It’s hard to find a news article anywhere in 2020 without COVID-19 being the main topic. The worldwide pandemic torched other news stories and became the primary focus of this semester.

DSU’s plans to combat COVID-19 included integrating Zoom classes, creating smaller class sizes, and encouraging students to social distance and wear a mask. Since then, the total cases in Utah continue to climb drastically, and plans have been updated to now offering students bi-weekly testing.

These changes are historical for DSU as the university continues navigating through unprecedented times. As all are attempting to slow the spread, students won’t be forgetting this time in their life anytime soon.


DSU sports had limited competition against other universities this fall, poising this semester to be unlike any others in history. Since fall sports were pushed back because of COVID-19, the Trailblazers had to adjust their game plans to prepare for spring seasons. While there was limited action going for the fall, DSN offered readers player profiles, community service spotlights, and tips and tricks on how to avoid injuries during training. With the return of the spring semester just around the corner, sports fans can be hopeful for DSU athletes to compete once again. The postponed seasons affected factors like DSU Athletics’ finances, scheduling and more.


The fall 2020 semester presented a variety of opinions from the staff members. The 2020 presidential campaigns, Black Lives Matter protests, and the potential name change of the university were all major topics addressed in the opinion section featured throughout the semester.

The presidential campaign and the protests raging all across the nation have the potential to influence the nation even more. The protests following the death of George Floyd are insurmountable as cities all around the nation fight for civil justice.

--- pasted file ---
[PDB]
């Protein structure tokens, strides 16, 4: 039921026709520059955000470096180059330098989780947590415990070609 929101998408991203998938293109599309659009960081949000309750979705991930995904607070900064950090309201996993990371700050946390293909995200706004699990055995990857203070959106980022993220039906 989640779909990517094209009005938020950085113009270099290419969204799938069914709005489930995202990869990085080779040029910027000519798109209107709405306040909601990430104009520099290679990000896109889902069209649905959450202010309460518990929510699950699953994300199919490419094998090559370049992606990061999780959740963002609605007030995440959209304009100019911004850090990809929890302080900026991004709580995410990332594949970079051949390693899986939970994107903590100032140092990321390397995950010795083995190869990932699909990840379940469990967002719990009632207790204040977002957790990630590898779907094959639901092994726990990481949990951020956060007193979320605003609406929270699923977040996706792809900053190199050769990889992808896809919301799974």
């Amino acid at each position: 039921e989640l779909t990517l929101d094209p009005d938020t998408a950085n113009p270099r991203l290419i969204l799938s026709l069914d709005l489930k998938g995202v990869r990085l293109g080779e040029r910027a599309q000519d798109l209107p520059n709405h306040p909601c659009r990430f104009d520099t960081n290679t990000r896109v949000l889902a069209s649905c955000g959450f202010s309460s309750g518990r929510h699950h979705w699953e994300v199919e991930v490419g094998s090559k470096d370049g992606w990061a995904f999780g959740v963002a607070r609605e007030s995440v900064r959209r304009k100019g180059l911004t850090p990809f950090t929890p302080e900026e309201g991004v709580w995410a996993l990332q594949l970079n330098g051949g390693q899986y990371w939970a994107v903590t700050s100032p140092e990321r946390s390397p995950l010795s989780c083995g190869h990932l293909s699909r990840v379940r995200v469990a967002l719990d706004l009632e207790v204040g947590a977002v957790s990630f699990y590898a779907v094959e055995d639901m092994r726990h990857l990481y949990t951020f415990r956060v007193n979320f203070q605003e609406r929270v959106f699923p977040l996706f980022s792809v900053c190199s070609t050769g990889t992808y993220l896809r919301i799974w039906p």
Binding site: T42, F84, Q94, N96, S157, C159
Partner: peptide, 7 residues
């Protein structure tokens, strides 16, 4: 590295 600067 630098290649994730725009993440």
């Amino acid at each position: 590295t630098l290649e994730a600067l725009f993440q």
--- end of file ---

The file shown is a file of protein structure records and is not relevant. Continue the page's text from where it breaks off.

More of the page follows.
DSU potentially changing its name also has a major impact on the university moving forward. Rebranding is no small task for a Division I university, but DSU is doing research to ensure it proceeds correctly going forward.

The DSN staff does its best to make sure all voices are heard. Letters to the editor and ideas from voices outside the DSN staff are encouraged to ensure students’ voices are heard.


Part of the plan for DSU to combat the COVID-19 virus was to create a hybrid schedule for select classes. Zoom was used for students feeling under the weather, unable to attend class, or to limit the number of students in a classroom at a time; however, it was found that it actually spiked students’ anxiety levels.

Since Zoom may have potentially increased anxiety levels, DSN also offered ways to cope with the stresses college students may endure throughout their college experience, along with the best ways for students to stay organized.

‘We can’t do this unless these kids are protected and safe’: Basketball COVID-19 protocols announced, mental health concerns loom

With men’s and women’s basketball seasons just days from starting, new procedures were added to protect the student-athletes. Although the athletes’ physical health seems to be taken care of with the new COVID-19 protocols, there are concerns still lingering about the athletes’ mental health.

To keep fans and players safe, DSU and the NCAA put a number of rules in place to ensure social distancing among fans and student-athletes.

The most significant rule for players and coaches is COVID-19 testing three times a week.

DSU’s Athletic Director Jason Boothe said, “All teams are tested three times a week, and we have to get results back before we leave [on road trips] so we can attest to the home team that we’ve tested and that we’re good.”

Barb Russell, the DSU women’s basketball athletic trainer, thinks the new testing regulations will make things easier, with less uncertainty the status athletes.

“The 3 times per week testing will not be a problem,” Russell said. “It actually makes our lives a little easier.  We’re able to arrange it so it works with the schedules of our various teams & the testing itself is a fairly quick process for them.”

For game day at the M. Anthony Burns Arena, attendance for all DSU men’s and women’s basketball home games will be capped at 1,000 fans. The only fans allowed will be season ticket holders, Trailblazer Club members, approved player guests and family, and DSU students.

In addition to the limited attendance, there will be social distancing protocols and a mandatory mask mandate. There will also be a 12-foot buffer zone between fans and the stadium floor to ensure safety for the players, officials and other stadium and media personnel.

There’s also been a shift in bench placement to opposite the media desks and will be assigned seats for athletes on the sidelines, all little changes that may make a big difference in the end.